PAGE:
Milk Kefir versus Water Kefir
There are two different types of kefir. Milk kefir is fairly well-known as many grocery stores now carry it in the dairy department. Water kefir is similar to milk kefir in that it is a probiotic-rich beverage. but water kefir is dairy-free, making it a great choice for people with dairy sensitivities. Water kefir is also a lighter beverage and can be flavored any number of ways, making it easier to drink in large quantities and a great choice for hydration in warm weather.
Here are the primary differences between milk kefir and water kefir:
How It is Made
Milk Kefir. Milk kefir is made with cow milk, goat milk, or coconut milk.
Water Kefir. Water kefir is dairy-free and is made with sugar water, juice, or coconut water.
What It Contains
Milk Kefir. Milk kefir is a probiotic-rich beverage with live active yeast and bacteria. Our Milk Kefir Grains (traditional starter culture) are propagated in organic milk.
Water Kefir. Water kefir is dairy-free and is made with sugar water, juice, or coconut water. Our Water Kefir Grains are grown in organic sugar and filtered water.
How It is Used
Milk Kefir. Milk kefir can be consumed plain, flavored, or as the base for salad dressings, smoothies, and more. You can generally substitute kefir for buttermilk or yogurt in recipes. Milk kefir can also be strained of some of the whey to make a type of cheese ranging from a soft consistency to a cream cheese texture, or even a hard cheese texture.
Water Kefir. Water kefir can flavored and consumed as a replacement to soda pop and juice. It also makes a great base for dairy-free smoothies.
How It Tastes
Milk Kefir. Milk kefir tastes like a strongly flavored cultured milk. The taste of any particular batch is based on the level of fermentation, which is dependent on a number of factors including the ratio of kefir grains to milk, the ambient temperature, and the length of time the kefir is allowed to culture. Well-fermented kefir generally has a strong sour or tart taste and can even have a bit of a carbonated texture. (It is known in some circles as the "champagne of milk.")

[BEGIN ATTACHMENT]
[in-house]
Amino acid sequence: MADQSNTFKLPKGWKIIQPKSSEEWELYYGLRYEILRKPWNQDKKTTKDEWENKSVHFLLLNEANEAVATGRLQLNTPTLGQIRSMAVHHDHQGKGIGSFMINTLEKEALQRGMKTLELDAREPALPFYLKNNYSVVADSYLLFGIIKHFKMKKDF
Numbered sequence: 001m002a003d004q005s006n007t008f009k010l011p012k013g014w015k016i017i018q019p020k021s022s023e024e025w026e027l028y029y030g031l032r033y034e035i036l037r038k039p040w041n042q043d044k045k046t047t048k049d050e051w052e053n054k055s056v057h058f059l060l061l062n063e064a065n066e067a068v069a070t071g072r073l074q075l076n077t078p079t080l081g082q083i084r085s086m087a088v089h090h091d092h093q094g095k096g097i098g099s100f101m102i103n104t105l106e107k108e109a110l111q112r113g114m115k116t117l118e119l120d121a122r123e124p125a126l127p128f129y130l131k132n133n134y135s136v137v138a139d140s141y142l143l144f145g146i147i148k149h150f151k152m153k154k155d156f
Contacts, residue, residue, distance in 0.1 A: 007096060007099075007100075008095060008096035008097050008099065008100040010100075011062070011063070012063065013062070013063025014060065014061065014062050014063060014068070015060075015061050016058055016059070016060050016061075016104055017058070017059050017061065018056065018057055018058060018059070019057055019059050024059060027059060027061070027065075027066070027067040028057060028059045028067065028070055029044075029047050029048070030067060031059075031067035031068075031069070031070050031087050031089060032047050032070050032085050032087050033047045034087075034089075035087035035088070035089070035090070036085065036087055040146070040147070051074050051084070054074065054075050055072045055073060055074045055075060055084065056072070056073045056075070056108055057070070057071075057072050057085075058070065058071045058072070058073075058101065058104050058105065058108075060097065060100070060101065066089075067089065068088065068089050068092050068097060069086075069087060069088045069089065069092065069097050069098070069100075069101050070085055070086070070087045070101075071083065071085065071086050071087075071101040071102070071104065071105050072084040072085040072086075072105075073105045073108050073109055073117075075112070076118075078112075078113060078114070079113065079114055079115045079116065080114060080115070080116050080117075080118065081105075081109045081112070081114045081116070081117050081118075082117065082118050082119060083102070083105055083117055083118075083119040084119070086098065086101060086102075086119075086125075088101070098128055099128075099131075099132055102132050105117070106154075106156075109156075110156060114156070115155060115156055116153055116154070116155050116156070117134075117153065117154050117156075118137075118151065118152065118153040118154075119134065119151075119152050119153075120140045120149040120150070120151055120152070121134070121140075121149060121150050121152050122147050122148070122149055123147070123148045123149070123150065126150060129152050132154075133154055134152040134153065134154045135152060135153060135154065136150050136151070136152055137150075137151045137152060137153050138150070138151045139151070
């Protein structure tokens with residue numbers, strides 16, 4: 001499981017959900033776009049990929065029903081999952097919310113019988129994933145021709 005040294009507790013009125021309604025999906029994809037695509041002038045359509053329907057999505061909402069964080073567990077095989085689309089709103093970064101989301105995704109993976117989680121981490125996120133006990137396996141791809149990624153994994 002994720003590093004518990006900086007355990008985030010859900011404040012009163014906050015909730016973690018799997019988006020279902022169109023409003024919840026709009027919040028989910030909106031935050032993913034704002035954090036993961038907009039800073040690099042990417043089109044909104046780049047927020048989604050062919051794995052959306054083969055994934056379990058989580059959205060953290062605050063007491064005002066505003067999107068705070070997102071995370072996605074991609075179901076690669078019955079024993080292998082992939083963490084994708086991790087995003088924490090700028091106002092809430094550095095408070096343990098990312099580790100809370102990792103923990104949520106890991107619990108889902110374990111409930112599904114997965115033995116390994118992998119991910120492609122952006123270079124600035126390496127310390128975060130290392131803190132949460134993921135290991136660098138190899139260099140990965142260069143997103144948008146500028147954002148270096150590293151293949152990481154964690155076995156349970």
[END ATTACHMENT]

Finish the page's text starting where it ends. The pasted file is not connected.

Water Kefir. Water kefir tends to have a sweet, slightly fermented taste to it. We generally recommend flavoring water kefir as it isn't very impressive-tasting plain. Flavoring is easy: fresh or dried fruit, juice, or flavor extracts such as vanilla extract can all be used.
How It is Flavored
Milk Kefir. Milk Kefir can be flavored by blending in fresh or frozen fruit, flavor extracts such as vanilla, sweeteners such as honey, maple syrup, stevia and more. There are a number of flavoring options.
Water Kefir. Water Kefir can be flavored using fresh or dried fruit, flavor extracts such as vanilla extract, fruit juice, or even herbs.
Milk Kefir. Milk kefir can be used in place of yogurt in recipes or in cream-based salad dressings. It can also be drained of some of its whey to make a soft cheese. Milk kefir grains or starter cultures can be used to inoculate cream to make butter or a sour cream-type condiment. Coconut milk kefir can be made by allowing the kefir grains to culture in coconut milk.
Water Kefir. Water kefir can be bottled up and used in place of soda pop. It also can be used as a base for dairy-free smoothies. A quarter-cup of water kefir can be added to 2 to 3 cups of non-dairy milk to culture it into a non-dairy kefir.
|Milk Kefir Grains|
|Water Kefir Grains|